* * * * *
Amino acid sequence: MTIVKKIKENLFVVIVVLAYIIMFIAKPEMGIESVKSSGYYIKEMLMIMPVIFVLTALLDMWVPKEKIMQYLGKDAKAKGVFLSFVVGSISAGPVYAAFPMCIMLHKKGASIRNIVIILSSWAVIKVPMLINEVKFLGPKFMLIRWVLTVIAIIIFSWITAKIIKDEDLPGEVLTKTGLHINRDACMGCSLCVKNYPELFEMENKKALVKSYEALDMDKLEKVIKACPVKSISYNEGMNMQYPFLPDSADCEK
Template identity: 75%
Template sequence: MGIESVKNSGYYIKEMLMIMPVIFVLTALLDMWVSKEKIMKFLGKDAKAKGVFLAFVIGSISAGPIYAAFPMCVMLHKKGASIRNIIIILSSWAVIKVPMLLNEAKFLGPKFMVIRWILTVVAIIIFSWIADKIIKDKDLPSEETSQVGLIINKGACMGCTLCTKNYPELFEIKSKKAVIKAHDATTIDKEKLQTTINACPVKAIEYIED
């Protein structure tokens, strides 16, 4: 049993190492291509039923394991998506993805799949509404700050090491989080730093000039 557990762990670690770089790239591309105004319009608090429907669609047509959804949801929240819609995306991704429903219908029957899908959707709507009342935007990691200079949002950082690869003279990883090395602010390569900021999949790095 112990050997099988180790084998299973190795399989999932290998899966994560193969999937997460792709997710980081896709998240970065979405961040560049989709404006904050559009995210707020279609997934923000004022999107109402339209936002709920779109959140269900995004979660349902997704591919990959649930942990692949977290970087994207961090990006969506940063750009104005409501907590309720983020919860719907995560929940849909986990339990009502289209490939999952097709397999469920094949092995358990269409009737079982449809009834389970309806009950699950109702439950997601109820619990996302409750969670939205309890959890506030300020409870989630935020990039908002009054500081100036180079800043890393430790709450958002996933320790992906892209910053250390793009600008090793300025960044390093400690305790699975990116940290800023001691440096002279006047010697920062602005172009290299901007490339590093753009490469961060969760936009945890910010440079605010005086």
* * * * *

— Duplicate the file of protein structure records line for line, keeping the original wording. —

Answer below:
Amino acid sequence: MTIVKKIKENLFVVIVVLAYIIMFIAKPEMGIESVKSSGYYIKEMLMIMPVIFVLTALLDMWVPKEKIMQYLGKDAKAKGVFLSFVVGSISAGPVYAAFPMCIMLHKKGASIRNIVIILSSWAVIKVPMLINEVKFLGPKFMLIRWVLTVIAIIIFSWITAKIIKDEDLPGEVLTKTGLHINRDACMGCSLCVKNYPELFEMENKKALVKSYEALDMDKLEKVIKACPVKSISYNEGMNMQYPFLPDSADCEK
Template identity: 75%
Template sequence: MGIESVKNSGYYIKEMLMIMPVIFVLTALLDMWVSKEKIMKFLGKDAKAKGVFLAFVIGSISAGPIYAAFPMCVMLHKKGASIRNIIIILSSWAVIKVPMLLNEAKFLGPKFMVIRWILTVVAIIIFSWIADKIIKDKDLPSEETSQVGLIINKGACMGCTLCTKNYPELFEIKSKKAVIKAHDATTIDKEKLQTTINACPVKAIEYIED
């Protein structure tokens, strides 16, 4: 049993190492291509039923394991998506993805799949509404700050090491989080730093000039 557990762990670690770089790239591309105004319009608090429907669609047509959804949801929240819609995306991704429903219908029957899908959707709507009342935007990691200079949002950082690869003279990883090395602010390569900021999949790095 112990050997099988180790084998299973190795399989999932290998899966994560193969999937997460792709997710980081896709998240970065979405961040560049989709404006904050559009995210707020279609997934923000004022999107109402339209936002709920779109959140269900995004979660349902997704591919990959649930942990692949977290970087994207961090990006969506940063750009104005409501907590309720983020919860719907995560929940849909986990339990009502289209490939999952097709397999469920094949092995358990269409009737079982449809009834389970309806009950699950109702439950997601109820619990996302409750969670939205309890959890506030300020409870989630935020990039908002009054500081100036180079800043890393430790709450958002996933320790992906892209910053250390793009600008090793300025960044390093400690305790699975990116940290800023001691440096002279006047010697920062602005172009290299901007490339590093753009490469961060969760936009945890910010440079605010005086």